Law enforcement has categorized the Outlaws as an organized crime syndicate, engaging in drug trafficking, murder, extortion and prostitution. The Outlaws have had their run-ins with police and other biker gangs. In 2007, Outlaws member Frank Rego Vital was shot and killed outside the Crazy Horse Saloon in Forest Park, Georgia, by two Renegades motorcycle club members who had reportedly acted in self-defense.
The Bandidos was founded by Marine Corps and Vietnam War veteran Don Chambers in San Leon, Texas, in 1966. The club's official motto is "We are the people our parents warned us about," with a big Mexican in sombrero brandishing a machete and pistol adorning the club's distinctive patch. The Bandidos currently boast of 104 chapters in the United States, along with international chapters in Germany, Australia, Denmark, France, Italy, Spain, Sweden, Norway, Malaysia, Indonesia, Thailand, Singapore, Costa Rica, Belgium and the Channel Islands.
Law enforcement has classified the Bandidos as an organized crime syndicate, engaging in murder, drug trafficking, money laundering, extortion, gun running and witness tampering. From 1994 to 1997 the so-called "Great Nordic Biker War" was waged in Scandinavia pitting Bandidos versus Hells Angels in a bloody turf war that resulted in eleven murders.
Canadian police display a Bandidos Motorcycle Club vest (Wikipedia)
Originally called the Psychos, Vagos was formed in Temescal Valley, California, in 1965. The club's distinctive green/red patch pictures the Norse god Loki straddling a motorcycle. Vagos currently operates mainly in the southwestern United States and northern Mexico.
Both the FBI and the ATF consider Vagos an outlaw biker gang, engaging in drug trafficking, gun running, auto theft, money laundering and murder. In 2002, however, Vagos members turned in the estranged wife of a Pomona, California, police detective who had attempted to hire a Vagos hit man to murder her husband.
Law enforcement has successfully conducted several undercover investigations of Vagos and their illegal activities. In 2004, authorities arrested 26 Vagos members/associates and seized $125,000 in cash, drugs and weapons.
Pennsylvania Warlocks (1967-present)/Florida Warlocks (1967-present)
The Pennsylvania Warlocks was founded in Philadelphia in February 1967. The club's distinctive patch features the Harpy, the legendary winged beast from Greek mythology. The Pennsylvania Warlocks boast of chapters in New Jersey, Ohio, Illinois, Florida, Minnesota and Massachusetts. The Pennsylvania Warlocks have been linked to organized crime and methamphetamine production and distribution.
The Florida Warlocks was founded by U.S. Navy veteran Tom "Grub" Freeland in Orlando, Florida, in 1967. The club's logo is a blazing eagle while their official motto is "To find us you must be good. To catch us...you must be fast. To beat us...you must be kidding!" The Florida Warlocks have chapters in South Carolina, Virginia, West Virginia, New York, the United Kingdom and Germany. The Florida Warlocks were successfully infiltrated by the ATF in 1991 and again in 2003, with convictions for drug and weapon charges resulting from the latter.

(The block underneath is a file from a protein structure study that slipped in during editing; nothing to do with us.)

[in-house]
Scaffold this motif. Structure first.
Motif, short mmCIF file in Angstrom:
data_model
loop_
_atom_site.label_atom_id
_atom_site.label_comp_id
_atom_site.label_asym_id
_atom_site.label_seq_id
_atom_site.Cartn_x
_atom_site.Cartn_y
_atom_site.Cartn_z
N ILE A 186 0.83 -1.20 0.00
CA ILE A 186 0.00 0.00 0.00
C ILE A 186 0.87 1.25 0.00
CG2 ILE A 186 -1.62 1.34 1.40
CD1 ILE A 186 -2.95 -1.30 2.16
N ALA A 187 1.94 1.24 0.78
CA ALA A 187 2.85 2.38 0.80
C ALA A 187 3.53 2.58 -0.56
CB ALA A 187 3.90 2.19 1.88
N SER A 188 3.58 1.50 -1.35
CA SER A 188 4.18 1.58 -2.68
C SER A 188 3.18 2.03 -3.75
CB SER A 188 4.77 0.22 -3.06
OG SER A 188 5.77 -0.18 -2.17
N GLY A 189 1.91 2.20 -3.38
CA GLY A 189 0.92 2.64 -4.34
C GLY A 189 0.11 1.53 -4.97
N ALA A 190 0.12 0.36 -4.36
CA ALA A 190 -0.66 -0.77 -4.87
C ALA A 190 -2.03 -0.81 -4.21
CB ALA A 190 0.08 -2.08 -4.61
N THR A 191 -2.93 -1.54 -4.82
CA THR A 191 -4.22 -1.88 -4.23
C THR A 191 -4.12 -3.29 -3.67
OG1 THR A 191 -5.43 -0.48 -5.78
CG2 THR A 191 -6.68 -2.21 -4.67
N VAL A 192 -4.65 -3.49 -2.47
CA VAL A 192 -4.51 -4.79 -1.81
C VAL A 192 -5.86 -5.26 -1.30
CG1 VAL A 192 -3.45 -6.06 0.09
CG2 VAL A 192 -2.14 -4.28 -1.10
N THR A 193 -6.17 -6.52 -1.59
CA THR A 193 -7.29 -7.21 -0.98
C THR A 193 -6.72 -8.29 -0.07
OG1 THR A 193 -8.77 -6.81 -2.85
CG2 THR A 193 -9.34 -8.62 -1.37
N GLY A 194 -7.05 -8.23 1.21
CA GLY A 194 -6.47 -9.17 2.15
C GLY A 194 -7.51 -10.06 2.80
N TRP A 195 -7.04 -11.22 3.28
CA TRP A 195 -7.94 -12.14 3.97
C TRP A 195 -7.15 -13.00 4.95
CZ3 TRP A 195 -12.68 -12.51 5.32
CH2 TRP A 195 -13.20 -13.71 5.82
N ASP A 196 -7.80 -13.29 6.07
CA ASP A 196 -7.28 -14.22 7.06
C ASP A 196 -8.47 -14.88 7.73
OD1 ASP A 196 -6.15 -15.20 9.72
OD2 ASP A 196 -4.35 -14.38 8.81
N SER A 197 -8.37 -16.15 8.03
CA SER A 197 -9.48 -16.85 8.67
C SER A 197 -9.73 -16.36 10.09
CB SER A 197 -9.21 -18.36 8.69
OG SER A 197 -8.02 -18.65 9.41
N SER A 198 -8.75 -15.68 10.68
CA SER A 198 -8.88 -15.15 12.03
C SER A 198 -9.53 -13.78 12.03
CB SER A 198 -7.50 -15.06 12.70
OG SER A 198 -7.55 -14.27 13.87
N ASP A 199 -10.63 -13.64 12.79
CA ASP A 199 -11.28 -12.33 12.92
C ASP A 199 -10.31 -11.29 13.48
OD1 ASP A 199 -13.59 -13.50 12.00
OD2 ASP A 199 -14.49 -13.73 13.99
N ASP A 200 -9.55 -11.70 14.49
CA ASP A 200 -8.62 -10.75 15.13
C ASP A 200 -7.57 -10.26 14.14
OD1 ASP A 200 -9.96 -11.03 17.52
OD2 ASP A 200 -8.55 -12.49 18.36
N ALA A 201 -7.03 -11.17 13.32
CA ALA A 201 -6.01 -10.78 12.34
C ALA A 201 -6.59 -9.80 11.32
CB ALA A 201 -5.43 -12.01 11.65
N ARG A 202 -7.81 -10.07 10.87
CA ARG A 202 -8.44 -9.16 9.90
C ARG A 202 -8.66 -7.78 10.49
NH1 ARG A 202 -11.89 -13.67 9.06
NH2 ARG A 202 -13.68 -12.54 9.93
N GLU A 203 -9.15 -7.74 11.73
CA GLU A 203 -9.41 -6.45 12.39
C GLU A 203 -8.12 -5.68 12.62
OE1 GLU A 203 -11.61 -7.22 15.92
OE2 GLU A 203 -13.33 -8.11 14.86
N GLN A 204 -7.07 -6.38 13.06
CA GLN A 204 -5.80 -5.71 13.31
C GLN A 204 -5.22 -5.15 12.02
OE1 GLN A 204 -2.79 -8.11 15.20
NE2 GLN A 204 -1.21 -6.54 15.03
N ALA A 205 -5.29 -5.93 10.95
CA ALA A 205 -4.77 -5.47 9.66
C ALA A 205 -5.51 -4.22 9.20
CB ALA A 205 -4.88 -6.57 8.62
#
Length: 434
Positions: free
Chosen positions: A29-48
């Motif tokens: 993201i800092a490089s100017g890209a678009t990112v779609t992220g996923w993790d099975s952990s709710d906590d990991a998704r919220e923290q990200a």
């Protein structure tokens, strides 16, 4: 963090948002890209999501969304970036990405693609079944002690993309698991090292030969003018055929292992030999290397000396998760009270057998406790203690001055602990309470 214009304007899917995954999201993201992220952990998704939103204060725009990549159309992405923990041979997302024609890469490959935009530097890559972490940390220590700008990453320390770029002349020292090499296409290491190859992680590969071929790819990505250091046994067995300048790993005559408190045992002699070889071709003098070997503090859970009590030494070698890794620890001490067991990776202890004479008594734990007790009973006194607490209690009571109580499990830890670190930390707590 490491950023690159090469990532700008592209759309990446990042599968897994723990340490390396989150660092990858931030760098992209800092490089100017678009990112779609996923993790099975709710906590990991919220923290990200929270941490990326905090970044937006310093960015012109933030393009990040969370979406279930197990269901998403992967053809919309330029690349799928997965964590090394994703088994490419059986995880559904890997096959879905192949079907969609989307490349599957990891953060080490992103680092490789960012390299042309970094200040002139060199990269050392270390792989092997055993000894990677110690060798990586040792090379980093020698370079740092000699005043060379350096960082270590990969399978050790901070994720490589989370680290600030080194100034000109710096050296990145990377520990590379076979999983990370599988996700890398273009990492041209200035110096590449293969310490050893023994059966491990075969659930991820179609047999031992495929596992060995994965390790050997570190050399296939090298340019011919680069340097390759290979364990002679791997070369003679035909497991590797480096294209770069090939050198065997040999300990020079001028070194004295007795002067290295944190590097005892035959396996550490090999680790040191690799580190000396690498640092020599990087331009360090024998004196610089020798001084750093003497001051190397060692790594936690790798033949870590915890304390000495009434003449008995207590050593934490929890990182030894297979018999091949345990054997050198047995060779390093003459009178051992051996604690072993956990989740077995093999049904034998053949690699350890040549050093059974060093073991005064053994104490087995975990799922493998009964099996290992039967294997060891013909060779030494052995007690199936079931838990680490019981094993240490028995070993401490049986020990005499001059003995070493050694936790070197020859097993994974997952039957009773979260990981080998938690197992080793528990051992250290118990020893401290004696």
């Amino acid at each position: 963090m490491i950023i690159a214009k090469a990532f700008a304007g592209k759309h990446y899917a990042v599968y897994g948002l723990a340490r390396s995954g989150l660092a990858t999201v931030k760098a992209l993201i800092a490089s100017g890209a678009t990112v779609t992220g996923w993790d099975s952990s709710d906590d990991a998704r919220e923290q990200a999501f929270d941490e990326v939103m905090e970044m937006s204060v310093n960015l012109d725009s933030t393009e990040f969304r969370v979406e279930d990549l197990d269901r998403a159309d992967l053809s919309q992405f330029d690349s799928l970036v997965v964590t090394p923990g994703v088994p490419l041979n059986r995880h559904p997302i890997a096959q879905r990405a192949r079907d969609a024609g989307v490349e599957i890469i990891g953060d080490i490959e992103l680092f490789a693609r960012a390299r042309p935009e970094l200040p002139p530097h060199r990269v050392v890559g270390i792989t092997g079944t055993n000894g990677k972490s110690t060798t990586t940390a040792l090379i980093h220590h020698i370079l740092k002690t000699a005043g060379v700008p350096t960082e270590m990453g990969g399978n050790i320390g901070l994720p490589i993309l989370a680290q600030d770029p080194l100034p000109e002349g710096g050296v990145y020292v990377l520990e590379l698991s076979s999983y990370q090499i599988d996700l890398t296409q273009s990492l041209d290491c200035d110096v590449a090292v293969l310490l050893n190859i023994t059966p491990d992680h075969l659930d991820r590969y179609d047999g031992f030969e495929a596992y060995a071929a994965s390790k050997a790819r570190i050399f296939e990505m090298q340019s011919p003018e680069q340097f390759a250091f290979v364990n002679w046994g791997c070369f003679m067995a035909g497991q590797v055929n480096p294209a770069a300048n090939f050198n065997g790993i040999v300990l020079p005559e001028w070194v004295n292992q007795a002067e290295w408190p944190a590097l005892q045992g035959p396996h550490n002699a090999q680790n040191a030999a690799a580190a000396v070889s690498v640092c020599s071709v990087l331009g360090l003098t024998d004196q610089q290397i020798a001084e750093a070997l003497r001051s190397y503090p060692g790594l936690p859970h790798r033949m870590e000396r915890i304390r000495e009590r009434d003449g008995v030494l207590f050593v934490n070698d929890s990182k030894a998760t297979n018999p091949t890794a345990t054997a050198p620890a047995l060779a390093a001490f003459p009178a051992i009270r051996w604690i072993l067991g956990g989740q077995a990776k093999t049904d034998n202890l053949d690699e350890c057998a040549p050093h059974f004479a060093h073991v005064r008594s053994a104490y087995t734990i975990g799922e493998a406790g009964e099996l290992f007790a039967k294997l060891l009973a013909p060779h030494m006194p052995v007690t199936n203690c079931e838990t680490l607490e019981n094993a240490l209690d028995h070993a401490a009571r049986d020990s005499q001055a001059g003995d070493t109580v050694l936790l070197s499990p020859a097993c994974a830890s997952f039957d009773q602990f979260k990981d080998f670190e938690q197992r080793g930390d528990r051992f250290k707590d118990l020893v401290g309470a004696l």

Sons of Silence (1966-present)
The Sons of Silence was founded in Niwot, Colorado, in 1966. The club sports a distinctive patch featuring the American Eagle superimposed over a large "A" – highly reminiscent of the Anheuser-Busch logo. The gang's official motto is "Donec mors non separat" – Latin for "Until death separates us."
The Sons of Silence boast of chapters in Illinois, Wyoming, Arkansas, Florida, Indiana, Kansas, Minnesota, Kentucky, North Dakota, Mississippi and Germany. The Sons of Silence have been implicated in drug trafficking and weapons violations.
The Highwaymen was established in Detroit, Michigan, in 1954. The club's distinctive patch features a winged skeleton sporting a leather jacket, motorcycle cap and the black and silver colors. "Highwaymen forever, forever Highwaymen" serves as the gang's official motto.
The Highwaymen currently have chapters in Michigan, Tennessee, Florida, Kentucky, Ohio, Indiana and Norway. The Highwaymen Motorcycle Club has been the subject of intense law enforcement scrutiny through the years. In 2007, the FBI arrested 40 Detroit Highwaymen members/associates on a variety of charges, including drug trafficking, theft, racketeering, insurance fraud, police corruption and murder for hire.
Gypsy Joker (1956-present)
The Gypsy Joker was founded in San Francisco, California, on April 1, 1956. The club's official patch features a grinning skull. Forced out of San Francisco by Hells Angels, the Gypsy Joker headed north to Oregon and Washington state in the late 1960s.
The Gypsy Joker has some 35 chapters worldwide, including active clubs in Australia, Germany, South Africa and Norway. The club is especially high profile in Australia, where in 2009 five Gypsy Jokers engaged in a drug-related shootout with a rival "bikie" gang (as they are called Down Under) in Perth.
Ten More Notorious Outlaw Biker Gangs
Here are ten more infamous biker gangs, along with where established and years active.
- Free Souls (Eugene, Oregon, 1968-present)
- The Breed (Asbury Park, New Jersey, 1965-present)
- Rebels (Brisbane, Australia, 1969-present)
- Grim Reapers (Calgary, Canada, 1967-1997)
- Iron Horsemen (Cincinnati, Ohio, mid-1960s-present)
- The Finks (Adelaide, Australia, 1969-present)
- Brother Speed (Boise, Idaho, 1969-present)
- Devils Diciples (Fontana, California, 1967-present)
- Solo Angeles (Tijuana, Mexico, 1959-present)
- Diablos (San Bernardino, California, 1964-present)
- Gypsy Joker protest run in Gawler, Australia, April 20, 2008 (Wikimedia Commons)